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Avoiding “fire, ready, aim”

Good foresight is part of ensuring that an organization doesn’t act before it thinks. It’s essential to try to understand the present and future conditions the organization faces. We want to avoid “fire, ready, aim” and try to be sure we know what else is changing around us and what future we’re facing before taking action. [See “Execute, Yes, but Execute for the Future”]

For this reason, Leading Futurists LLC tries to work carefully with clients to help them fit foresight into their organizational processes.

It would be fantastic to have futures thinking pervade the organization—that is the theme of this blog and is what “foresight culture” means.  But as a practical matter, most big organizations will only find time and resources to give the future explicit attention at certain times and places. How can you make the best choices about that, and make what effort and resources you can give go farthest? Here are some central considerations:

  • Readiness: of the group or team to open up their thinking, seize on new insights, and put them to work in the organization’s thinking and strategy. A work team and its leadership need to explicitly discuss and agree on a process that welcomes new ideas, including ones from outside their usual view of things and often, outside their comfort zones.
  • Timeliness: Efforts in exploring longer-term forces and trends, and their implications should come early enough in a planning cycle, in strategy building, and in the innovation process to benefit the processes. We don’t want to look at the future after developing strategies and action plans, for example, when the futures view would very likely have shaped the plans differently.
  • Regularity–so that thinking about the future isn’t so rare as to be unfamiliar and uncomfortable when it happens. Regular, ideally, means always. But if the organization is not going to make foresight an explicit part of its efforts all the time, there should at least be an annual process of enquiring comprehensively into the big forces and trends shaping the business.
  • Prominence. That enquiry should be a prominent and widely-shared effort, so that the most possible numbers of people benefit from insights on the future and can share, in return, their ideas on the implications for the business of the emerging future.

We have found that our efforts on the future for organizations are most valuable when they are part of a “zero stage” in the planning, strategymaking, or innovation process. That means part of the exploratory work done first, in “opening up the question,” and ahead of the usual organizational process stages.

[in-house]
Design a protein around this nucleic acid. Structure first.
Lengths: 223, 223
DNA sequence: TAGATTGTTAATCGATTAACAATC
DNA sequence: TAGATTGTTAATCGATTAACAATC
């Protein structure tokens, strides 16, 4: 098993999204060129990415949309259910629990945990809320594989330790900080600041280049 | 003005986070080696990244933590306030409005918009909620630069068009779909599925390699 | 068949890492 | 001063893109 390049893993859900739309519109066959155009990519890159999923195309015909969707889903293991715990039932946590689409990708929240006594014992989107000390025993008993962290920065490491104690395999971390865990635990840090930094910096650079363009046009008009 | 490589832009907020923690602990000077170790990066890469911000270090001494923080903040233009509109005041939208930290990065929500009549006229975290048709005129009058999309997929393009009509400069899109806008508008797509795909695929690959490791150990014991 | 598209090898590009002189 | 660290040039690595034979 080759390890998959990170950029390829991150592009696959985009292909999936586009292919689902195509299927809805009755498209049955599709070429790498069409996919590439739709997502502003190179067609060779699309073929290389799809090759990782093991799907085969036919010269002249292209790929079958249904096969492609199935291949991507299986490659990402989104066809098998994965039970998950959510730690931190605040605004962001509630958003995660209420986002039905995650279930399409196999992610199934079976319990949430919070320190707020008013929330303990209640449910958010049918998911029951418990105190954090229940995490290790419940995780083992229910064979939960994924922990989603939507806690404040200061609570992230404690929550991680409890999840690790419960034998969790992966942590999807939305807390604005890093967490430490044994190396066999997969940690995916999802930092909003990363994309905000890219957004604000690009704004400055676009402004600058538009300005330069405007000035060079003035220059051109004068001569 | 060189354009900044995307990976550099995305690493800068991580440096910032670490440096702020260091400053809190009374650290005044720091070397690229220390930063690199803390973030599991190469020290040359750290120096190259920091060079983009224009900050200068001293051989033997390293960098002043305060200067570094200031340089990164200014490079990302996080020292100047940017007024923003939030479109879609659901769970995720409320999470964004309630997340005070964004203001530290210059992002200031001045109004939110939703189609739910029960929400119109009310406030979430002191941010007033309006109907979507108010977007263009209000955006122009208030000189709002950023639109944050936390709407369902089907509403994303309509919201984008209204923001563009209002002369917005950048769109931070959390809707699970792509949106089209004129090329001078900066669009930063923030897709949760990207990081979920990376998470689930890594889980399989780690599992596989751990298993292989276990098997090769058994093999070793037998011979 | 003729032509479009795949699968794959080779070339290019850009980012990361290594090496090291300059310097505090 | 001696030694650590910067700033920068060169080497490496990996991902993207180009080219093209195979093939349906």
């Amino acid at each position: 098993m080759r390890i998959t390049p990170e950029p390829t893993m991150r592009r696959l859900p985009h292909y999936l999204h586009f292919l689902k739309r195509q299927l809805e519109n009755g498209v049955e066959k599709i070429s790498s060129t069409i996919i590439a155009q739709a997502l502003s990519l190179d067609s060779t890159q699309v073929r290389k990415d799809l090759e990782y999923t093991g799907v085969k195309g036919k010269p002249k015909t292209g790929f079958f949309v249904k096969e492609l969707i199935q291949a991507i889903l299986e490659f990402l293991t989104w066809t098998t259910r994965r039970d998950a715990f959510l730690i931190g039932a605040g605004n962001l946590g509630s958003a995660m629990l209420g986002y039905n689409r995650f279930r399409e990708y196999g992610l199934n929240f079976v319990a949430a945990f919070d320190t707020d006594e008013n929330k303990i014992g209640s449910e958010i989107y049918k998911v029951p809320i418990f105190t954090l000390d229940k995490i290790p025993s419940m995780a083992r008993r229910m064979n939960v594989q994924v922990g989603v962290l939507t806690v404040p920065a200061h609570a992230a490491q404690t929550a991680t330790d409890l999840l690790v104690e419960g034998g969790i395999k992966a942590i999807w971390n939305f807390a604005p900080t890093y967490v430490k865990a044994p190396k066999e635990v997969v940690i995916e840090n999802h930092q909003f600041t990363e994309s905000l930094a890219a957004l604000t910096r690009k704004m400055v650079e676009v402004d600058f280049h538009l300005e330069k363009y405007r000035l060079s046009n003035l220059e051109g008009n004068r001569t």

So here’s where you might “put” the foresight part:

  • Day one, in the morning, of the corporate strategic planning meetings
  • In the briefing and background work in advance of a strategy process
  • In the early stages of assembling an ad hoc team to explore a new issue or opportunity area, after sufficient team building, but before the team narrows its focus to key organizational issues and challenges
  • In a meeting/workshop with vendors or customers, to ensure that more of your stakeholders are along for the ride with you in exploring the future, and that they are aware of where your new ideas come from
  • As an ongoing effort to fuel and R&D team’s thinking on emerging opportunity areas, as a part of regular team meetings, or as regular electronic briefing by email or newsletter
  • As a group blog topic shared by a work team or across a cross-functional group
    As a comprehensive exploration and analysis of the future of a critical topic: a sector, technology area, etc. with reports done in the lead up to big organizational initiatives
  • As an annual environmental scan for issues, trends, and opportunities, aimed at informing leadership and strategymaking at all levels.

Most often, a good exploration of the emerging future shapes directly the question of what should be on the table for consideration. We don’t want to fire first and aim later.

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